Among all working households—not just households with retirement accounts—the median retirement account balance is $2,500, according to an analysis by the National Institute on Retirement Security (NIRS).
The median retirement account balance was $3,000 for all working-age households as reported in a 2013 report from NIRS. The organization examined the readiness of working-age households, based primarily on an analysis of the Survey of Consumer Finances from the U.S. Federal Reserve System.
Nearly 40 million working-age households (45%) do not own any retirement account assets, in either an employer-sponsored 401(k)-type plan or an individual retirement account (IRA). Half of these households with no retirement savings are headed by someone between ages 45 and 65.
Households that do own retirement accounts have more than 2.4 times the annual income of households that do not own a retirement account. While retirement account ownership improved for households in the third highest income quartile, with 75.6% holding assets in retirement accounts, retirement account ownership in the lowest income quartile dropped to 21.4% in 2013, down from 25.7% in 2010.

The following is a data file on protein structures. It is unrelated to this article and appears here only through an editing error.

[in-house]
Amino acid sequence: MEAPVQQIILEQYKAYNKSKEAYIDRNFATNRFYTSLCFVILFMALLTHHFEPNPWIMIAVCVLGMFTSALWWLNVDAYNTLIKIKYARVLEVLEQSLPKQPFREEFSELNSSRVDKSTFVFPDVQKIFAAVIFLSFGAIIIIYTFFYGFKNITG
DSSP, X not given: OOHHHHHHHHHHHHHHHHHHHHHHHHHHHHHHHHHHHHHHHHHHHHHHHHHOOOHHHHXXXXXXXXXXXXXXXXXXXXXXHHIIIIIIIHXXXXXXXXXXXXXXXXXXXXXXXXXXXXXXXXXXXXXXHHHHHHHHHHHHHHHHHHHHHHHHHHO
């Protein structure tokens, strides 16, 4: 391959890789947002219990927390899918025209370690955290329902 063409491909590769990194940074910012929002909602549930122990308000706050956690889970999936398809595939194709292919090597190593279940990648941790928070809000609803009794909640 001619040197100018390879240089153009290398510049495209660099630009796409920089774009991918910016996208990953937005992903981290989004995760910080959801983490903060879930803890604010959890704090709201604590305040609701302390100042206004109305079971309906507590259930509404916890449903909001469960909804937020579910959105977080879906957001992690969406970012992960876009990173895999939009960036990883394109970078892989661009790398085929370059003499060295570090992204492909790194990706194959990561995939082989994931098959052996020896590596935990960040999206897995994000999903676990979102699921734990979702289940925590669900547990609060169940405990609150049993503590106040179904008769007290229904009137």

The study found the median retirement account balance is $14,500 for near-retirement households. In addition, 62% of working households ages 55 to 64 have retirement savings less than their annual income.
Even after counting households’ entire net worth, two-thirds (66%) of working families fall short of conservative retirement savings targets for their age and income based on working until age 67. According to the NIRS, due to a long-term trend toward income and wealth inequality that only worsened during the recent economic recovery, a large majority of the bottom half of working households cannot meet even a substantially reduced savings target.
The study report says public policy can play a critical role in putting all Americans on a path toward a secure retirement by strengthening Social Security, expanding access to low-cost, high-quality retirement plans, and helping low income workers and families save. Social Security could be strengthened to stabilize system financing and enhance benefits for vulnerable populations. Access to workplace retirement plans could be expanded by making it easier for private employers to sponsor defined benefit pensions, and through national and state proposals to ensure universal retirement plan coverage. Finally, expanding the Saver’s Credit and making it refundable could help boost the retirement savings of lower-income families.
The study report may be accessed from here.
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